# Gas filling up evacuated space

1. May 7, 2014

### Maylis

I am not sure what assumption I can make for this problem and why it's valid. It certainly isn't isochoric. Since the volume changes, I conclude its not isobaric either (P should decrease). I don't think it's adiabatic because the part (b) clearly hints that it is not reversible in part (a). That leaves me with isothermal. But if a gas expands, it's temperature should decrease.

Therefore, I don't know which of these processes I could use to solve for the final temperature.

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2. May 7, 2014

### SteamKing

Staff Emeritus

If you expanded some gas into an evacuated chamber, can you think of a way the gas would 'unexpand' itself back to its original state?

3. May 7, 2014

### Maylis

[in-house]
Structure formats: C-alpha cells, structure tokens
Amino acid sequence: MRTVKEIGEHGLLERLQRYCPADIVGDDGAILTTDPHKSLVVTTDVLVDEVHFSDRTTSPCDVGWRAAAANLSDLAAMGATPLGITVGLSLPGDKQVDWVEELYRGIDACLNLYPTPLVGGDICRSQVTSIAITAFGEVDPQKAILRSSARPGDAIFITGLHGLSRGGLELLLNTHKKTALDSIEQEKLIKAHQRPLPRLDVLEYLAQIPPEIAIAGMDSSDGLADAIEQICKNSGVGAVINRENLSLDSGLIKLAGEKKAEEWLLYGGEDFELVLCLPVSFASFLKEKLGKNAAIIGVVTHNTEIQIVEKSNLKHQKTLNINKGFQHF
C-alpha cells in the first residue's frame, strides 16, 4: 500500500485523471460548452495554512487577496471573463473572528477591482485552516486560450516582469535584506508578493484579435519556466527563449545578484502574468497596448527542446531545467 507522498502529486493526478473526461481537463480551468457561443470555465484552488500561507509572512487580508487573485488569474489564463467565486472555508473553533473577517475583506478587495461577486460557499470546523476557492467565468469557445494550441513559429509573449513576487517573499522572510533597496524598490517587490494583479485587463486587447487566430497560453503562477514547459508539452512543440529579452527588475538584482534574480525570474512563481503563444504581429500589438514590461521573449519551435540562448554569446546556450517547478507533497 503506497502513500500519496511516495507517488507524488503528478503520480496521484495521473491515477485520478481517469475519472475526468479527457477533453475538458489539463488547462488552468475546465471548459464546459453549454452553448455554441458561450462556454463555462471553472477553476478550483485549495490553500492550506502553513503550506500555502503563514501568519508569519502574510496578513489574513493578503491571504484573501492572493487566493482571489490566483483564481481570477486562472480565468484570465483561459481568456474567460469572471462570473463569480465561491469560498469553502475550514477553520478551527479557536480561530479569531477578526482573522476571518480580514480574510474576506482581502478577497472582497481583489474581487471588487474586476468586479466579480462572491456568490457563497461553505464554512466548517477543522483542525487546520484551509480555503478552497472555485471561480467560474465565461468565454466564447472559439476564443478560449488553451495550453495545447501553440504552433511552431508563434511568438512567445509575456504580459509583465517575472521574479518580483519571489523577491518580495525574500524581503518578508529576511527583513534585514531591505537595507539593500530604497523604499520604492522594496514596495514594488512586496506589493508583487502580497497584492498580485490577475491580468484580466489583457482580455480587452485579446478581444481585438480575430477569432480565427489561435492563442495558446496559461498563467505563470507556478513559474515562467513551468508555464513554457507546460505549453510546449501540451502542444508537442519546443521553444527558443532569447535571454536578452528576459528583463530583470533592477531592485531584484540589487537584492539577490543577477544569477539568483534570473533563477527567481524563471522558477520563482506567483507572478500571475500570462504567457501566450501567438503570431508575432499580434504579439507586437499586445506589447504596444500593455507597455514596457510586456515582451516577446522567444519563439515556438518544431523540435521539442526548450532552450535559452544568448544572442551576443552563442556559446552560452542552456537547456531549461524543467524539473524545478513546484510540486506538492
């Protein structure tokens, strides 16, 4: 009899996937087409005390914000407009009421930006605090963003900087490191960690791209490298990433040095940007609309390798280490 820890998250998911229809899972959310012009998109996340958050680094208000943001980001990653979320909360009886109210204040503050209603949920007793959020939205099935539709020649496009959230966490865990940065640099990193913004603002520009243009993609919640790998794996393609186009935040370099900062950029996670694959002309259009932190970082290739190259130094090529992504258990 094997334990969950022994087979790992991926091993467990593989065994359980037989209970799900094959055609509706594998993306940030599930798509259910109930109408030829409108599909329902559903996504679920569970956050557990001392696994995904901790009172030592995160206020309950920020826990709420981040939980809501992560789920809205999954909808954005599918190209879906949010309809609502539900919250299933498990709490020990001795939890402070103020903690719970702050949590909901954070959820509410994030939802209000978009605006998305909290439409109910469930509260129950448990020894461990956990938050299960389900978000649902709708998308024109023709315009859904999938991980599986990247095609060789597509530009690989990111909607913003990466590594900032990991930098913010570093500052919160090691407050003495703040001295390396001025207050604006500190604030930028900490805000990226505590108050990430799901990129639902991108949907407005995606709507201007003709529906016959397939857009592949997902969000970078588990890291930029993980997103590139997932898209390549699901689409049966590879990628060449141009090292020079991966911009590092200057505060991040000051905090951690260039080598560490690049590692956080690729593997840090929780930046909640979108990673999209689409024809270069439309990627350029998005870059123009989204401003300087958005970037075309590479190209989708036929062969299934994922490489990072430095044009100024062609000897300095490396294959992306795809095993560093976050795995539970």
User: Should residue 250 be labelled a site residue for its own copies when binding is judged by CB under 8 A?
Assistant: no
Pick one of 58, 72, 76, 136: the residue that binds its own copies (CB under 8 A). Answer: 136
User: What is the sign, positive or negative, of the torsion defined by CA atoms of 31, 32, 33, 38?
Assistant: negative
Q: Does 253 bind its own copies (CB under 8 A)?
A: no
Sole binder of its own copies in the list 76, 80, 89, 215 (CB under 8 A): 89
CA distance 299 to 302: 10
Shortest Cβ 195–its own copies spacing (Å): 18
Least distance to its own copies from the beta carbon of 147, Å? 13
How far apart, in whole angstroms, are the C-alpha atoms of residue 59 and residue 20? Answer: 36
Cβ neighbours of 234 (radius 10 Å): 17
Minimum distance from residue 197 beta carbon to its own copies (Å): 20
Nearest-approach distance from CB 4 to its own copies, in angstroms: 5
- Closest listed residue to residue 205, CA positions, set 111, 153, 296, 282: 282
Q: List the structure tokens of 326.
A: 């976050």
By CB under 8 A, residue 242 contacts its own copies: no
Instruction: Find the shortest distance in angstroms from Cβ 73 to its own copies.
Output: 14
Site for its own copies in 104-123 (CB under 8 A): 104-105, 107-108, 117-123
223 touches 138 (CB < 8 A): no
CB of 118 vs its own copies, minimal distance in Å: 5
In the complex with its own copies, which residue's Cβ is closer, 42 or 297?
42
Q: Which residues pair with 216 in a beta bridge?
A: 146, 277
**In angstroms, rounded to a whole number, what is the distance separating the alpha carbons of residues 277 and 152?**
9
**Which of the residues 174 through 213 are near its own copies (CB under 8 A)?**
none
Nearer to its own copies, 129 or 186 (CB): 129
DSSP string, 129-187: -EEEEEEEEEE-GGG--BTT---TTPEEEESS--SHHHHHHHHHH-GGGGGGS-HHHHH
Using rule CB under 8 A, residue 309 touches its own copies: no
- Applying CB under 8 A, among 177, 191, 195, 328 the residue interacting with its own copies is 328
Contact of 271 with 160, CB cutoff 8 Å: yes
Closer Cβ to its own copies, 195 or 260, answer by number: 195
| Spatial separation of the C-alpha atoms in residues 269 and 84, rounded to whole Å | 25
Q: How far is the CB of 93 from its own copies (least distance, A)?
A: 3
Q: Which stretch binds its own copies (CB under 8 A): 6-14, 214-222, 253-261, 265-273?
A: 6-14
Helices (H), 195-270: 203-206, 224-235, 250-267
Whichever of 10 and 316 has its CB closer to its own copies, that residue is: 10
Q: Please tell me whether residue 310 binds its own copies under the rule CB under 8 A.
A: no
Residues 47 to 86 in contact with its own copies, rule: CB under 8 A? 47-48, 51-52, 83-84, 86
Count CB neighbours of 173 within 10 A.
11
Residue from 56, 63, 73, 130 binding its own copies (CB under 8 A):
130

Right. Well, if I do

P1V1 = RT1
P2V1 = RT2

then I get P1/T1 = P2/T2.

However, I only have P1 and T1.

4. May 7, 2014

### Staff: Mentor

If you think of the tank as a black box, then no heat enters or leaves the tank, and no work is done on it. So what does that tell you about the change in internal energy of its contents?

Chet

5. May 7, 2014

### Maylis

The internal energy is constant, so it is isothermal.

It is a bit troubling to think about gas expanding at constant temperature without having heat removed or added in order to maintain the constant T.

6. May 7, 2014

### Staff: Mentor

In the dynamic transient process that occurs in the tank before the system finally equilibrates, several things are happening, including local expansion against adjacent gas (tendency to cool), local recompression in some regions (tendency to heat), local acceleration to develop kinetic energy, and viscous dissipation of kinetic energy (tendency to heat). The overall final net effect is no temperature change.

Chet